View Single Post
Unread January 9th, 2007, 02:49 PM
Sandra Paulsen Sandra Paulsen is offline
Forum Leader
Join Date: Jul 2004
Location: Bainbridge Island WA
Posts: 207
Default Re: Dissociation red flags

Non-florid switching in a DID person is very interesting. First let me talk about a related subject, which is "switching" (though we don't generally use that word) in a non-DID person.

Lets say Joe and Mary are having a discussion about the weather at the water cooler. Its good natured and pleasant, so each of them is in a socially engaged state, smiling and relaxed. Then Mary says something political rolling her eyes about a particular politician, thinking Joe would surely agree. Joe, however, has different politics, and is instantly shocked by her comment, he switches into an adrenaline state, and struggles with his anger, trying to stay polite. LeeAnn, an observer, sees his facial flushing, his jaw muscles tightening, and hears his voice constrict. She knows, as we all do, that there has been a mood change, or you could state, a state change or switch. One neural network had been activated, but somehow, the associations triggered by the political comment precipitated another coalition of neurons to become activated, and therefore the neural networks that were active turned off and another turned on. It wasn't a smooth transition; we know that he struggled to hide his anger and stay cheerful.

In DID the neural networks are not entirely fluid, but are bound by relatively impermeable barriers so that there is amnesia for what is experienced when one state is executive, while in another state. If Joe were DID, when in his affable mood he may not even remember the angry part of the conversation.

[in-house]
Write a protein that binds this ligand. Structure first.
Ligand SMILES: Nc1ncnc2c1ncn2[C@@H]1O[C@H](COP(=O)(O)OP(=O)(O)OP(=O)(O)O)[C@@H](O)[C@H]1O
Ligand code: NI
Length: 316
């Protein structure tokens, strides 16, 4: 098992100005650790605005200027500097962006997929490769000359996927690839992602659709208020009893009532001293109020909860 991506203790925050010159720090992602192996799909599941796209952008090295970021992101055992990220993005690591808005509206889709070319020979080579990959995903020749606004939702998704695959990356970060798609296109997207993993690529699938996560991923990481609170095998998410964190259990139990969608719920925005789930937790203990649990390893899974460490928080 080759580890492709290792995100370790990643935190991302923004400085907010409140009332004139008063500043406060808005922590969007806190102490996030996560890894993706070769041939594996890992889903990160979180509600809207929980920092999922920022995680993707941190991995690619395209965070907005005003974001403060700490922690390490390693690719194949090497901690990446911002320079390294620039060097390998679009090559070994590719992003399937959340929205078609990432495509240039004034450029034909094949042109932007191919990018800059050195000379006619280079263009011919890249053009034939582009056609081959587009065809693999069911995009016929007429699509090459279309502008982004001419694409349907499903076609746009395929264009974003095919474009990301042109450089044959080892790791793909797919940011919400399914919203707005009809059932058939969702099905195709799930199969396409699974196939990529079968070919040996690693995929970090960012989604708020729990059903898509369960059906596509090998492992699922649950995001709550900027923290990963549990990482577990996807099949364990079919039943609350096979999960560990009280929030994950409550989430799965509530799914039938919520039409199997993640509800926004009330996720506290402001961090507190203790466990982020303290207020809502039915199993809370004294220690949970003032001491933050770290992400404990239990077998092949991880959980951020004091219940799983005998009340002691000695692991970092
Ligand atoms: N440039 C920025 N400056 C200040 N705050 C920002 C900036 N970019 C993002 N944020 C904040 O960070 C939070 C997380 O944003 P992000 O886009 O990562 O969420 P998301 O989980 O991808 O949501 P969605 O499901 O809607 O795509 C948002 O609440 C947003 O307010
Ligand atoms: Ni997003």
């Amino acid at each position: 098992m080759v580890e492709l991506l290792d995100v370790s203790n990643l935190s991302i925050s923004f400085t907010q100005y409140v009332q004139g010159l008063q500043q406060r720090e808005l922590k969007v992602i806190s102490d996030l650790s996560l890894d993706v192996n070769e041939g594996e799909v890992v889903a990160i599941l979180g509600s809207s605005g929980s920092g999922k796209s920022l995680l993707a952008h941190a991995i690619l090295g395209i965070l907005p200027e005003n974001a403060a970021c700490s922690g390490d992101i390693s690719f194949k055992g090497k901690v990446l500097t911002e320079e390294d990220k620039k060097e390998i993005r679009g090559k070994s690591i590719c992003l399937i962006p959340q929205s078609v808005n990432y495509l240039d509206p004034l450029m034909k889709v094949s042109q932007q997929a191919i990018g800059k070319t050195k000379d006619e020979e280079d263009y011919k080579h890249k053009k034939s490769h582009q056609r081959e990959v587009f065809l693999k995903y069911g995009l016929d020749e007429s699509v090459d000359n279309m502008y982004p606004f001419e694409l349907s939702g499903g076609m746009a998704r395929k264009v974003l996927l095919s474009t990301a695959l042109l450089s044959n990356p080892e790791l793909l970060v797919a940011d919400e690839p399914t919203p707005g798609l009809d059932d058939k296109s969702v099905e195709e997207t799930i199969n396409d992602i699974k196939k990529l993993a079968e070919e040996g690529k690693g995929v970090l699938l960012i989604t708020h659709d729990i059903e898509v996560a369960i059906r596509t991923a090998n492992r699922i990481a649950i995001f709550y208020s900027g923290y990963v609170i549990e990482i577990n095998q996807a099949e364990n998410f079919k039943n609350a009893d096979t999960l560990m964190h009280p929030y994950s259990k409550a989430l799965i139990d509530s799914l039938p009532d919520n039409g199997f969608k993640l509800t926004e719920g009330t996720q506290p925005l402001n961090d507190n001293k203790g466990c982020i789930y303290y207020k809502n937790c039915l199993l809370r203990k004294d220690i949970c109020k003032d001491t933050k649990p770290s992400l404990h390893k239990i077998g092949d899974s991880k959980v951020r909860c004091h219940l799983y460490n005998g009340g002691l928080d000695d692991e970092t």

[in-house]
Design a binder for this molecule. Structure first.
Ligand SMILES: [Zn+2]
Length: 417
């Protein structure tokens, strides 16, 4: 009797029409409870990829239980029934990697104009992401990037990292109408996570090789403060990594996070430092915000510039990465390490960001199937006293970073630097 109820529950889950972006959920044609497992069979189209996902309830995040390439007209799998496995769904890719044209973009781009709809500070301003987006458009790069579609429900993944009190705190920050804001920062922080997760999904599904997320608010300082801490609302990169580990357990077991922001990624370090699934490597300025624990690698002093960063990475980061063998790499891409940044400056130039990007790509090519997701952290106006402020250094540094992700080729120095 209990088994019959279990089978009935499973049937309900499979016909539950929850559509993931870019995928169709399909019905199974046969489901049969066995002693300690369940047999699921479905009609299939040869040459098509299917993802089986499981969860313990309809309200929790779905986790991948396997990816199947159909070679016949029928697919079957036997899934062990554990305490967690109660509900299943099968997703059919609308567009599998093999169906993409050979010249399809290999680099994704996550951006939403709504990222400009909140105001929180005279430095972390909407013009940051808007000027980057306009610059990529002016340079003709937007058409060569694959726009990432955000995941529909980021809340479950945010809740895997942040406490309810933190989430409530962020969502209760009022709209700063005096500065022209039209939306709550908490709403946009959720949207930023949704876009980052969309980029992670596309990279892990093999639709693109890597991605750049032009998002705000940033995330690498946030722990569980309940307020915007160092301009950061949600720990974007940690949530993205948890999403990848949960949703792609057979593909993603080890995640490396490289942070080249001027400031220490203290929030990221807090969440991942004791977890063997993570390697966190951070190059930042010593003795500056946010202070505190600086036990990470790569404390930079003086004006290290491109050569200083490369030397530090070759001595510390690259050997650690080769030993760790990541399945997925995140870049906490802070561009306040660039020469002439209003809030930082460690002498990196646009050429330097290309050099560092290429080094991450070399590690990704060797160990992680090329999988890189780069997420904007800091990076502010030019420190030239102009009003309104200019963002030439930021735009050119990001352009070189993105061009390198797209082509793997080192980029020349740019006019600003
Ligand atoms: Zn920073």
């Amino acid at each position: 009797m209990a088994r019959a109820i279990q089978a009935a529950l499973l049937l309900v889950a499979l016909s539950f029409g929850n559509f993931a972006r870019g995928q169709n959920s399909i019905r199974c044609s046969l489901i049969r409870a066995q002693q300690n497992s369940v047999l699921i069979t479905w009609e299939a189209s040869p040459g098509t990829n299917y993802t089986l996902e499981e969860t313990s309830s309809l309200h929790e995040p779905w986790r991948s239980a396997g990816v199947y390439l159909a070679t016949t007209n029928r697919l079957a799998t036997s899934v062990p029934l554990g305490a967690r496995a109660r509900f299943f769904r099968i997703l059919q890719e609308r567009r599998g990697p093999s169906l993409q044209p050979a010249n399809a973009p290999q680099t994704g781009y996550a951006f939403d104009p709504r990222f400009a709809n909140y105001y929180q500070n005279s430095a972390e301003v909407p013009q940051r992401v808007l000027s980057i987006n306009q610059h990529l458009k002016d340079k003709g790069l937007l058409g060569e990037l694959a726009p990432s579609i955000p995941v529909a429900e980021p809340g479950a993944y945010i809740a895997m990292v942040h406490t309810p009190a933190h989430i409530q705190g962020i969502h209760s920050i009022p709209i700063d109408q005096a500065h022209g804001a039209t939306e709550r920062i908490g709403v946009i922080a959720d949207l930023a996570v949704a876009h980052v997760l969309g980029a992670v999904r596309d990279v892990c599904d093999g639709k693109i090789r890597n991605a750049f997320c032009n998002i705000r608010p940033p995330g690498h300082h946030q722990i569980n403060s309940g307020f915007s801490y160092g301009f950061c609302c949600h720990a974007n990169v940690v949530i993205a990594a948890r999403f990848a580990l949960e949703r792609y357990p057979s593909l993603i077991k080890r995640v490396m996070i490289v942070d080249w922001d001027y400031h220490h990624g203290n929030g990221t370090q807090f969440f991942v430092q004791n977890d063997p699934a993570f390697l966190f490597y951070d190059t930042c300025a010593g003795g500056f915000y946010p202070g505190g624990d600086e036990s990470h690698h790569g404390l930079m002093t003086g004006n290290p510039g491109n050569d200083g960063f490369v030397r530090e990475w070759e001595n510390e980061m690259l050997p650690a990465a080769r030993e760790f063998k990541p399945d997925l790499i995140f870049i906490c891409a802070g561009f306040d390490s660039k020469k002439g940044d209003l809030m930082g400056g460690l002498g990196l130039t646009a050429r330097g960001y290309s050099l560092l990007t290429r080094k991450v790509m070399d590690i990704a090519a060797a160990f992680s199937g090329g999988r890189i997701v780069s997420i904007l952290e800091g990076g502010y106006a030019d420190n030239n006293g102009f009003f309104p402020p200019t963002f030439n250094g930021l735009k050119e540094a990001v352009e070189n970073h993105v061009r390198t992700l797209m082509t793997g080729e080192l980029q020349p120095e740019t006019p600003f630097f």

In our offices, DID clients switch states in very subtle manners most of the time, indistinguishable from non-DID state changes. The distinction turns not on the presence of florid signs of switching, but on amnesia for the prior state.

Some DID folks switch in ways that are characteristic to themselves, and which become recognizable over time as the light slowly dawns on the therapist. For example, one person might cough, or sigh as she switches, or another might shift weight from one elbow to the other, or another person might turn her head just so as she switches. This behavioral cue is the next step in the chain that enables the state switch to occur. I keep seeing this picture of someone climbing out of a boat onto a dock. They have to add a little oomph, a little extra something, to hoist themselves out. The behavioral ritual of the small cough is that extra something that's needed to effect the switch.

Must close, a patient is waiting.
Reply With Quote